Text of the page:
Should I Take Physics?

  • Physics
  • Thread starter final_arrow3
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  • #1
Hey guys,

I've never posted anything on this forum before but I've quoted you guys in my IB TOK papers ;) I've recently reached a dilemma (if you can't figure it out from the title...) and I would like to know some opinions from people who are more immersed in the field of physics and engineering.

Basically, I've always enjoyed physics because I like the mathematical problem-solving aspect and I'm a very good student when it comes to problem-solving. Hence, I've done quite well in my IB math course and IB physics. However, this past summer in between my grade 11 and 12 year I had a really amazing experience.

I participated in the International Summer School for Young Physicists hosted by Perimeter Institute for Theoretical Physics. Well, everything I learned there was AMAZING! Physics is so ridiculously interesting to me, there's so much to learn, so many cool things going on in our world - it freakin blows my mind! So anyway, what you can take from that is "I really want to take physics."

However, the problem is that up until now I've always assumed I'd be an engineer. I may be smart but I'm not a genius (unlike some of the people I met at ISSYP). Plus, it seems like my skillset, problem-solving and mathematical ability, is well suited to engineering. Basically, I feel like I could do well at an engineering job and only need a bachelors as opposed to studynig for 10 years under a grueling Ph.D program.

So now I've been accepted to McGill University and I'm currently balancing two options: computer engineering or going straight into honors physics. To be honest, I bet most of you can figure out by now that I'm leaning (strongly) towards physics and I would really love to take it. But, job prospects and employability is really really important to me because I come from a low-income immigrant family and I feel like in my future I will need to support not only my own family but my parents as well. Thus I need something that pays and doesn't leave me looking for any kind of work whatsoever (read: MacDonalds) which is what I'm afraid having a Ph.D might reduce me to because I've heard that a Ph.D degree limits a lot of career possibilities by making you "over-qualified." And, on the other hand, I feel like engineering would be a very safe bet but I'm betting I wouldn't enjoy it nearly as much because I'm not big on creativity and designing thing, besides you don't get to probe the foundations of our universe. ;)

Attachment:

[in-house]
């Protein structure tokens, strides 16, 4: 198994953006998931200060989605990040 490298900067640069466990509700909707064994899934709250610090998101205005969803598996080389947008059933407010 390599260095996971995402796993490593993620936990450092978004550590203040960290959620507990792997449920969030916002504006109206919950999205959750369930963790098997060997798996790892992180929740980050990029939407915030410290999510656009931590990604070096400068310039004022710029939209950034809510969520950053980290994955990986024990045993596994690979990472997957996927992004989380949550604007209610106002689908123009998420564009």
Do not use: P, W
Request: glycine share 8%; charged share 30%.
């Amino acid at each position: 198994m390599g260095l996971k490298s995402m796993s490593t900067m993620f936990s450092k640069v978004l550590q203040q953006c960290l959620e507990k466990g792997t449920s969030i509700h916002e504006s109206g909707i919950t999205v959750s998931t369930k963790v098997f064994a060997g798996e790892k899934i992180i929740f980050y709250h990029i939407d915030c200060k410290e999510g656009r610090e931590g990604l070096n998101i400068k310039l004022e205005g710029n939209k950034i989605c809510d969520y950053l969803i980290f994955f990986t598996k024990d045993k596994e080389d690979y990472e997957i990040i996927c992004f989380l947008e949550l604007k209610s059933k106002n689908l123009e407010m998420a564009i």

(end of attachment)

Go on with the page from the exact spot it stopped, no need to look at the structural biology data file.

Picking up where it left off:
I would like some opinions to help me guide my path or at least get me better informed. Specific questions would be: "What kind of employment opportunities are available to graduates with a Bachelor's of Science, major physics, a master's of physics and a Ph.D in physics?" "What kind of competition is there for researching physics positions?" "Is it likely that most graduates of physics will be able to find "good" work (good can mean many things but I hope anyone whose answering this has a definition in their head already)?" "For graduates who have a Ph.D: were you genii (geniuses I think it means) or were you able to get a doctorate just by being "bright" and working your *** off?"

That's probably it for now. Depending on the answers I get and how I lean during the next few days there will probably be follow-up questions throughout this thread. Anyway thanks to everyone who got this far down the post, I know I wrote a book. Please, any comments would help greatly. Thank you.
 

Answers and Replies

  • #2
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Wow, I am actually in the same position as you. Coming from a lower income family wanting to do physics, and I know I have already made a similar thread but would like to hear more responses. Also people have recommended me engineering physics programs. See if McGill offer it, I know u of t does. Best wishes.
 
  • #3
Haha sorry to hear it John H, I would hate for anyone else to go through the stress I am :P McGill doesn't offer engineering physics but I actually just accepted my offer to the Honors Physics program. I've been left deciding for the last, well quite some time, "should I live for others or should I live for myself?" I decided it's more important to me to pursue what I want to do. Worst case scenario: I either go through a really hard bachelors program to become a computer engineer or scientist or something like that or I get a Ph.D and end up in a engineering/computer/technology something job that I don't like. Best case scenario: I become a particle physicist researcher at CERN!!! (haha unrealistic but who knows? :))
 

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